Few exercises have as much general taboo as the deadlift.
The standard deadlift involves lifting a loaded barbell off the floor. You start squatting down in front of the barbell and move to standing while holding the bar.
This is an over simplification of the exercise because there are various techniques, grips and stances.
Work with high school athletes and then tell their parents you have them perform deadlifts and I bet you get a negative reaction.
People fear and loath the deadlift due to its reputation as a spine crusher. The truth is that the move is a natural or primitive pattern we develop at a young age and then lose through our modern lifestyles.
If you watch a small child try to lift something heavy, they execute a proper hip hinge without being told how.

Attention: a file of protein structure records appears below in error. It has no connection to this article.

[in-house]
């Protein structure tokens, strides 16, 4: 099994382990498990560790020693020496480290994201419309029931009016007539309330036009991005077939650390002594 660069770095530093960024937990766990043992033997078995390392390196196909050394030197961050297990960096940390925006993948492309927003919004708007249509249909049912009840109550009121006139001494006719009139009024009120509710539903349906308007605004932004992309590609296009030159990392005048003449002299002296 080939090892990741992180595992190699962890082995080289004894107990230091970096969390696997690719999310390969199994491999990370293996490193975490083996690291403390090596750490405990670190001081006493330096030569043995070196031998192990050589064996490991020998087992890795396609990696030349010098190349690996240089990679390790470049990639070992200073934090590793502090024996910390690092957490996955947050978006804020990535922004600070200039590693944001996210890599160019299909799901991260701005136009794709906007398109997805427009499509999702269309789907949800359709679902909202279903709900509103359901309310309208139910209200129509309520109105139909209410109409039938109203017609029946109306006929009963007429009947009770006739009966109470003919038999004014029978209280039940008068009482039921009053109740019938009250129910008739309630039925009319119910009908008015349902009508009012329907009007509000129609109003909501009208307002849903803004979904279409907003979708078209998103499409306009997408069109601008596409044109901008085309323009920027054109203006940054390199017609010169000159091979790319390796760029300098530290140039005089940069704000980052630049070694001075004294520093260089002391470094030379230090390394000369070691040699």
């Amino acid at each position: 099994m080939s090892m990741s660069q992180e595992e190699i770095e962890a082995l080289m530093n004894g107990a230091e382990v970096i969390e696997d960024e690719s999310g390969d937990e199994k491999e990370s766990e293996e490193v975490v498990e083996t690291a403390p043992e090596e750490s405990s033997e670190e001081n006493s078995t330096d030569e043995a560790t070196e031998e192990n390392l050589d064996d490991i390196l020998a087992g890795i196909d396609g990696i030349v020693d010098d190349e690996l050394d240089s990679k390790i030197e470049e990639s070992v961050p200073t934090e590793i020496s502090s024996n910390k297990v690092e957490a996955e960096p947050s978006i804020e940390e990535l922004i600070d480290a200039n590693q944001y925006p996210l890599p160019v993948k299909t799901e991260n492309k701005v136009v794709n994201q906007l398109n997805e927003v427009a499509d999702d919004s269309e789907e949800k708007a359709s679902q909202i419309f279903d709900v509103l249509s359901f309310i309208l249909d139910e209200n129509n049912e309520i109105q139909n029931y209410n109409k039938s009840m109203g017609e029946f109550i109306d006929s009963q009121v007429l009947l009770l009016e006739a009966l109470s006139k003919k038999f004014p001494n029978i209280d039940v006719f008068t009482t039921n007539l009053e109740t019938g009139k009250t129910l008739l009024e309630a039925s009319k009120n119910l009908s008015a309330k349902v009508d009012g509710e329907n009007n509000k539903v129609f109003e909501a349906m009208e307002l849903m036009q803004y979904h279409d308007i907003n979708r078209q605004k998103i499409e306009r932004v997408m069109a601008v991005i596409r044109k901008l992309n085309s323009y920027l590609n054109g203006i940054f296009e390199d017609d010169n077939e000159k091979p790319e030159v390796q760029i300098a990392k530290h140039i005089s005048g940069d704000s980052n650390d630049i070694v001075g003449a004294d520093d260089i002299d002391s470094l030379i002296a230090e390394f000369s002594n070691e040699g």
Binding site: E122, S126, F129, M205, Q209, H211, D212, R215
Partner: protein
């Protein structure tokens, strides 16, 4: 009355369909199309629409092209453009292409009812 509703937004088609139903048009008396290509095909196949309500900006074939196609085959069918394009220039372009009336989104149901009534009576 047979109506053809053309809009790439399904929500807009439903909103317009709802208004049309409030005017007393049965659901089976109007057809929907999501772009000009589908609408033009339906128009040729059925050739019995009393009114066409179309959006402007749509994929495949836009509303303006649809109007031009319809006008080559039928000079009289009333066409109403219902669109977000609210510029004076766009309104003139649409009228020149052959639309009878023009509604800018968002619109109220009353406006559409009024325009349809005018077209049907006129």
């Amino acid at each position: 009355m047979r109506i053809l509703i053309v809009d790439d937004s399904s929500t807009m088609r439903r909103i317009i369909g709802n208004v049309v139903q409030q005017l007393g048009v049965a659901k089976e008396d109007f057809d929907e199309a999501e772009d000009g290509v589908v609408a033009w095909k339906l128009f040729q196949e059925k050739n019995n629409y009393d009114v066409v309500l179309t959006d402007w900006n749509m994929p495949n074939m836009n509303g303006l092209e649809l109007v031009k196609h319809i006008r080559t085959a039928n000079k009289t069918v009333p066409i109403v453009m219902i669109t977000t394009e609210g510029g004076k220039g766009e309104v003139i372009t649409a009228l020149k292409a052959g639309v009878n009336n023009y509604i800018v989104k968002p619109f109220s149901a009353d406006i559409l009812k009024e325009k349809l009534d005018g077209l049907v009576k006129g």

The hip hinge is the cornerstone of the deadlift; it is using the back of your hips and legs to lift (referred to as the posterior chain).
By doing this, your low back is locked into neutral so it is used as a core stabilizer instead of a prime mover.
The injuries happen when it is reversed and the low back is used as the prime mover and its yield is exceeded.
This typically happens with poor form or too much weight, sometimes both.
When the hip hinge pattern is restored, the deadlift can then be used to increase strength with this movement. The deadlift can be performed with:
Weight in one or both arms
Single leg or both legs
All these variations can be done without excessive load and risk to the back.
For the athlete, this strength is paramount in preventing injury and improving performance.
In the regular person, this is needed for everyday lifting, such as groceries.
Many people with low level back pain can help abolish the pain by just relearning the hip hinge as it takes the strain off of the low back with lifting and bending.
So do not fear the deadlift, embrace it and take the time to perfect it in order to have a healthy back.